I grew up on the c1970-71 Sports Illustrated game, where walks were almost entirely the fault of the pitcher (except for the occasional Max Bishop or Eddie Yost, who drew some on their own account), and fielders were rated on a scale of -4 (Rudy York at C) to +17 (Honus Wagner at SS), without accounting for position (so that a great-fielding first baseman had as much impact as a great SS or CF).

Technically true, but all of the really high ratings belonged to SS/2B/CF. I think the top 1B was Hal Chase at +10, top 3B was Pie Traynor at +13, and I don't remember any corner outfielders being above +10.

What's really sad is that except for last year's tournament, I haven't played it in 20+ years, but I still remember an awful lot of the defensive ratings of players.

I'm not sure that it taught bad habits about defensive skills vs offense. You can determine whether the D is worth it. For those who didn't play, the pitcher rolled three dice first, and either got a result (K, F, BB, defensive play attempt) or got a "go ahead and swing", in which case the batter rolled. The defensive ratings determined which numbers resulted in automatic outs. Generally, about 4 points in rating meant an increased chance of 1/216 of getting an automatic out. Multiply that by 9 because the fielders affected every play, and multiply that by your favorite O metric. If you like OPS, for an average 800 OPS team, that extra 4 points of rating would be worth 33 OPS points, so someone like Roy McMillan (+14) would raise his OPS by about 100 points compared to a +2 shortstop.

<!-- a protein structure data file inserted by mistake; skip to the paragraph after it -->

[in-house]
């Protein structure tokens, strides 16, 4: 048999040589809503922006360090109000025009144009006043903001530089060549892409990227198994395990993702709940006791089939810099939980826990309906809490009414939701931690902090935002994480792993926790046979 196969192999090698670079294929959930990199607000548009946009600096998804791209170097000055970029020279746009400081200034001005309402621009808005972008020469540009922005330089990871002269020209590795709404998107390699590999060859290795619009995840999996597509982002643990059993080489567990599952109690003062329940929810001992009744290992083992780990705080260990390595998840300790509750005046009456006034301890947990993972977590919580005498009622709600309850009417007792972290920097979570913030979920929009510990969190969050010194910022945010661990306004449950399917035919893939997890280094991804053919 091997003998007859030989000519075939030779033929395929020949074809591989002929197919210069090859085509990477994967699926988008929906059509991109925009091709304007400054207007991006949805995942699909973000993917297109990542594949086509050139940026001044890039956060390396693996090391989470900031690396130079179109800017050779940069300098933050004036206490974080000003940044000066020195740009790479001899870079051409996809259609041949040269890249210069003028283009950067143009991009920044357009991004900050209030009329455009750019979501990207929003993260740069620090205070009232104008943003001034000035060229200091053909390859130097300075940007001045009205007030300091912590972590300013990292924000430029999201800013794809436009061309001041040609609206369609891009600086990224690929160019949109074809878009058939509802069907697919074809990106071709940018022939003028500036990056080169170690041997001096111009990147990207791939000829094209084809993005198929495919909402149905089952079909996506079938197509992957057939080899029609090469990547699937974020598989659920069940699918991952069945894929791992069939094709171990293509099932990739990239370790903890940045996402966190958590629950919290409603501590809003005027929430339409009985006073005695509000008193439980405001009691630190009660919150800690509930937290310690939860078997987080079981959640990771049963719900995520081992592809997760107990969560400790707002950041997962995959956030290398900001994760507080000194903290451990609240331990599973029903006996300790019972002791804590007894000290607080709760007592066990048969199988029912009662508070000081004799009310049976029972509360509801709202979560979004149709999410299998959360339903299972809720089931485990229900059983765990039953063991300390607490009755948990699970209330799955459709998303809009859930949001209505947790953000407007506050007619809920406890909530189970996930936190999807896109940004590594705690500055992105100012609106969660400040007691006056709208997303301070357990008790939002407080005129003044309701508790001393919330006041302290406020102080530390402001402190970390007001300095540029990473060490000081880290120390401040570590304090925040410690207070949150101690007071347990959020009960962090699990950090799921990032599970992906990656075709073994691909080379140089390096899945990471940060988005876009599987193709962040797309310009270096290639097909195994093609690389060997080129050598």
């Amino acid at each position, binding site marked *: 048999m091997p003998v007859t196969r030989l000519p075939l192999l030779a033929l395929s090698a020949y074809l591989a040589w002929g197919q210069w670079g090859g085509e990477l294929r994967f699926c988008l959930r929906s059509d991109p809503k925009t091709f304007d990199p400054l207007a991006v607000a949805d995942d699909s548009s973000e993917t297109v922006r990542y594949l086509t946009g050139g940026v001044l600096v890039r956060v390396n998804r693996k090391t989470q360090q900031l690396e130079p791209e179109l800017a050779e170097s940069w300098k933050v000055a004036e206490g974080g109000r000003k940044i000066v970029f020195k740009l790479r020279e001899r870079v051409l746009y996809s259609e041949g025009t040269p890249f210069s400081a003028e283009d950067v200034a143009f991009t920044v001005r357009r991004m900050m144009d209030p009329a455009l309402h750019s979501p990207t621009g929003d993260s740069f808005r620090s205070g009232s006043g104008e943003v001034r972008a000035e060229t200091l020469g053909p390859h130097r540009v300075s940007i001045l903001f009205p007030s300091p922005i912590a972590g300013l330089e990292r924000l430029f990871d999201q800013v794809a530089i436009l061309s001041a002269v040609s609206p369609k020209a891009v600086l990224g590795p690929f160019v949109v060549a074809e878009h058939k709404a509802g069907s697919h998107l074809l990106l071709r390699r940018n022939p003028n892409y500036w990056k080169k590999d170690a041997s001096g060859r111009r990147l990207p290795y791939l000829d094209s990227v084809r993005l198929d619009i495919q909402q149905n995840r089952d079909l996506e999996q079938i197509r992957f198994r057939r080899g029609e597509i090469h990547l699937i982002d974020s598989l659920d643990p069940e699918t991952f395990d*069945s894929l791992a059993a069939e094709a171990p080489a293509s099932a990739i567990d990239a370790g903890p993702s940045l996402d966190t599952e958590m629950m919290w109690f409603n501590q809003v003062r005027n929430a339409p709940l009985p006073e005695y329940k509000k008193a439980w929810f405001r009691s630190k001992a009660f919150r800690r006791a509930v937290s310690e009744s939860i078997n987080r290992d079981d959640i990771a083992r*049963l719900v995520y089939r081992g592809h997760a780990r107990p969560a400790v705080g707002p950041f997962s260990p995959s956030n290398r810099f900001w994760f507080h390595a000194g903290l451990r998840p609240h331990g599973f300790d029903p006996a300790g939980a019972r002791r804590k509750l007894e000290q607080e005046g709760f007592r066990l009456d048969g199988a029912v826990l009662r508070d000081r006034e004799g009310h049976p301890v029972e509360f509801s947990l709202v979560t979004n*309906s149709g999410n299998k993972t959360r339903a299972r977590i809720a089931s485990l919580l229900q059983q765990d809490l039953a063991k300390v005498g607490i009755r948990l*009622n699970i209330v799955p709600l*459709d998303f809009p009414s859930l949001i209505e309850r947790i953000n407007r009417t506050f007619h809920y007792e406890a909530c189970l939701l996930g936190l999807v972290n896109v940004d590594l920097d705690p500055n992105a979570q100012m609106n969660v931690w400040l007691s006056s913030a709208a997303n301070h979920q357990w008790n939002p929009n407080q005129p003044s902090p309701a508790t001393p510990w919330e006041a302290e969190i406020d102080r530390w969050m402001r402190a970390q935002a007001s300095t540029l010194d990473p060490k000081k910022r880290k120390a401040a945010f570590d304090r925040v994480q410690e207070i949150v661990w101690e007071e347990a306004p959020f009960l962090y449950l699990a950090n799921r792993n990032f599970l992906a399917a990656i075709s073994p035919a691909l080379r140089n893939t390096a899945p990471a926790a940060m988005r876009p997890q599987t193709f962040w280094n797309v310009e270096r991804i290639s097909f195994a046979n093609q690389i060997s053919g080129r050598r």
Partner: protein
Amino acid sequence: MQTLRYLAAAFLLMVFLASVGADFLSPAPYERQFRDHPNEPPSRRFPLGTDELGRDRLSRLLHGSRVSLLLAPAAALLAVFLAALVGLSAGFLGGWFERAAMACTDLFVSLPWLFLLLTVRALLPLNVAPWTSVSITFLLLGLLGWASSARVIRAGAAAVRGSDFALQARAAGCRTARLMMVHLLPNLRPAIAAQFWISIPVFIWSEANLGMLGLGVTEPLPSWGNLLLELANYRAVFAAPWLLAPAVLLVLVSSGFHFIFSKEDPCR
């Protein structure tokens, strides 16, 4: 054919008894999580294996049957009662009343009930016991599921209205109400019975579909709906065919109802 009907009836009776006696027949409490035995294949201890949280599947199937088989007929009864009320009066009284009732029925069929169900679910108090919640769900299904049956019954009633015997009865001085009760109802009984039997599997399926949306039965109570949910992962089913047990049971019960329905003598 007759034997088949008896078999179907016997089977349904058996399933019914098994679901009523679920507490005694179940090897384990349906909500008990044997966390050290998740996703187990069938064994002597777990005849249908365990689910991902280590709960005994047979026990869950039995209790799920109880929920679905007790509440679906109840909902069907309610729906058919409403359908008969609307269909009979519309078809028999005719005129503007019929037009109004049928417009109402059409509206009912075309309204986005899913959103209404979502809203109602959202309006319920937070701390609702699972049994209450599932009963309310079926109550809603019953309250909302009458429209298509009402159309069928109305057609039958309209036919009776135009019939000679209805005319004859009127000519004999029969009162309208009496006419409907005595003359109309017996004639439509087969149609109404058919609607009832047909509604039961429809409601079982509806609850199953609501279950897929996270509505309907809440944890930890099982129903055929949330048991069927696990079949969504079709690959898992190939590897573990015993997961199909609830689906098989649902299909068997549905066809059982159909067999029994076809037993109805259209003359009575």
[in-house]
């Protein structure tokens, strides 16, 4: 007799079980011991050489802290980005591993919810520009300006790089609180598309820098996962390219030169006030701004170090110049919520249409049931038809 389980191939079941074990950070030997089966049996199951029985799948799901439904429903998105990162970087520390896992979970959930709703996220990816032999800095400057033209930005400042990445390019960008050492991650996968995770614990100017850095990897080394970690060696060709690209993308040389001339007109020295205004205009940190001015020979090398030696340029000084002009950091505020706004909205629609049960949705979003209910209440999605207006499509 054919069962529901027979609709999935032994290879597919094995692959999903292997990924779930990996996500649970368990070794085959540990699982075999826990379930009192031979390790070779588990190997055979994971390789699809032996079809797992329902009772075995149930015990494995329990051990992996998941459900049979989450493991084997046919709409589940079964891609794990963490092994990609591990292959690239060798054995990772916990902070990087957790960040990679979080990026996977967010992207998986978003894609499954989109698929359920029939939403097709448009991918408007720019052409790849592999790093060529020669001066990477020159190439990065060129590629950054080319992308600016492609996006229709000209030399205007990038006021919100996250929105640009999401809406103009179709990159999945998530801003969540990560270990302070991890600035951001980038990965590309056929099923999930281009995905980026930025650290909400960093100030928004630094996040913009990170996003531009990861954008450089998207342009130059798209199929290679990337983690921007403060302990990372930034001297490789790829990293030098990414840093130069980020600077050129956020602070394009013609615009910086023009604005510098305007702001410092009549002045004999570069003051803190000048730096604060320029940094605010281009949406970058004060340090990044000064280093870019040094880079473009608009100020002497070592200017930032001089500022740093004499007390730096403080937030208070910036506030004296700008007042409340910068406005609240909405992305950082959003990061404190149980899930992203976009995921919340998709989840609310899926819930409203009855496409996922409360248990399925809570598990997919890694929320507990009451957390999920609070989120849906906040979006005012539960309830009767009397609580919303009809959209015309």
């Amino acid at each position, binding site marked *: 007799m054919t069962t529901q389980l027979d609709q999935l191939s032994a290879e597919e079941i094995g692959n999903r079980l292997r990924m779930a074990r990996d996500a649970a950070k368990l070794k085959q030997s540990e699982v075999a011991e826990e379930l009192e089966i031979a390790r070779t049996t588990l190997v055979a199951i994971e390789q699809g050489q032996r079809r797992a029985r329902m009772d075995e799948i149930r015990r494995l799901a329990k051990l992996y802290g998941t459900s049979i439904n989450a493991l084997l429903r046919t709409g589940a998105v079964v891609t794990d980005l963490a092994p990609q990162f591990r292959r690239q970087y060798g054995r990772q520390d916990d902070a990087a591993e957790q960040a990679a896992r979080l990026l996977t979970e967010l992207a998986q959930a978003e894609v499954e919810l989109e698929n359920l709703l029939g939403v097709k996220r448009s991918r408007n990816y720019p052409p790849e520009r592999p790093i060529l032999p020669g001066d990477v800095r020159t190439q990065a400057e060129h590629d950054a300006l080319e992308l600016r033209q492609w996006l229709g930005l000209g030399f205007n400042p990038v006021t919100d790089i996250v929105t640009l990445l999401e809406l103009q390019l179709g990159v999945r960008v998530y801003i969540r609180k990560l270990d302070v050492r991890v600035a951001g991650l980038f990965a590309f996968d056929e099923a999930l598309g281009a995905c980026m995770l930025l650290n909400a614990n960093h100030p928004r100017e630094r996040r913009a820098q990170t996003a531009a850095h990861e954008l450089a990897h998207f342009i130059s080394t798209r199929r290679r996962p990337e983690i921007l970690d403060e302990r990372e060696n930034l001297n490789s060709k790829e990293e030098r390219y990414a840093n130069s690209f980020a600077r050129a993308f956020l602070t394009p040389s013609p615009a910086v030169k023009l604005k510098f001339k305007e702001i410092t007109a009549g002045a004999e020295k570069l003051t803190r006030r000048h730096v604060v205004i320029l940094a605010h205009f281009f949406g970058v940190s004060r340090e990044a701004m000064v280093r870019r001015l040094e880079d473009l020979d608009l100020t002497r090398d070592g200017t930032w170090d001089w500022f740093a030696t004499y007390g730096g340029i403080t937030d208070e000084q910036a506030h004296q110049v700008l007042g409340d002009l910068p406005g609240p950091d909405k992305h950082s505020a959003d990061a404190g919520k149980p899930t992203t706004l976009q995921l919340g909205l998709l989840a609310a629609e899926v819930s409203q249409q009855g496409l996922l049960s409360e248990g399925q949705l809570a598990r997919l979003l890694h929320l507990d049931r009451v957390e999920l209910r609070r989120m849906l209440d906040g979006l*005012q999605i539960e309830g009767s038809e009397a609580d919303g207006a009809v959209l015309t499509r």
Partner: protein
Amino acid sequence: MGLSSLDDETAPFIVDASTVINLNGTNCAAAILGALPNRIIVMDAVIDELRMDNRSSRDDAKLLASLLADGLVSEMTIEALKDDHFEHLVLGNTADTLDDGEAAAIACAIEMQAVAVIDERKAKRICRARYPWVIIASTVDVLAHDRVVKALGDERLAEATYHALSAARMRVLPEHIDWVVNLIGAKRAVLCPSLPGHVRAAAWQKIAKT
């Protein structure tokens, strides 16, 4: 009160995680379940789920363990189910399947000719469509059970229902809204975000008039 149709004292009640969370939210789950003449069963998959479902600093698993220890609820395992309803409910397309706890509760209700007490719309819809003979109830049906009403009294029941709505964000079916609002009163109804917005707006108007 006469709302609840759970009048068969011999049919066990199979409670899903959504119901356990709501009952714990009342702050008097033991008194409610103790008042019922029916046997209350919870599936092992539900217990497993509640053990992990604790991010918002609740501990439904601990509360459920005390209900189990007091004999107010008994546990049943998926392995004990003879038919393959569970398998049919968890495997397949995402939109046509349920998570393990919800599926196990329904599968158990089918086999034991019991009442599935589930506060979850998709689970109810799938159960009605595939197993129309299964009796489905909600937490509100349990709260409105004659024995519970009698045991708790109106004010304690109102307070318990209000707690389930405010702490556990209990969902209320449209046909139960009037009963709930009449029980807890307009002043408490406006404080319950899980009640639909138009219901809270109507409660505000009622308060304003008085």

At first, when I was little (I would have been about 7 when we got it), I just counted the number of rolls that resulted in hits and equated that with offensive ability, then I paid attention to those who had HR in the frequently-rolled numbers (the dice had some numbers repeating; they could add up to any number between 10 and 39, but the most popular ones (34 and 35) came up 8.33% of the time, and the least popular (19) just 0.46%). Somewhere in my early teens, I calculated batting averages, then before last year's tournament, I got the BPS from baseball-reference and fudged it for the Eddie Yosts.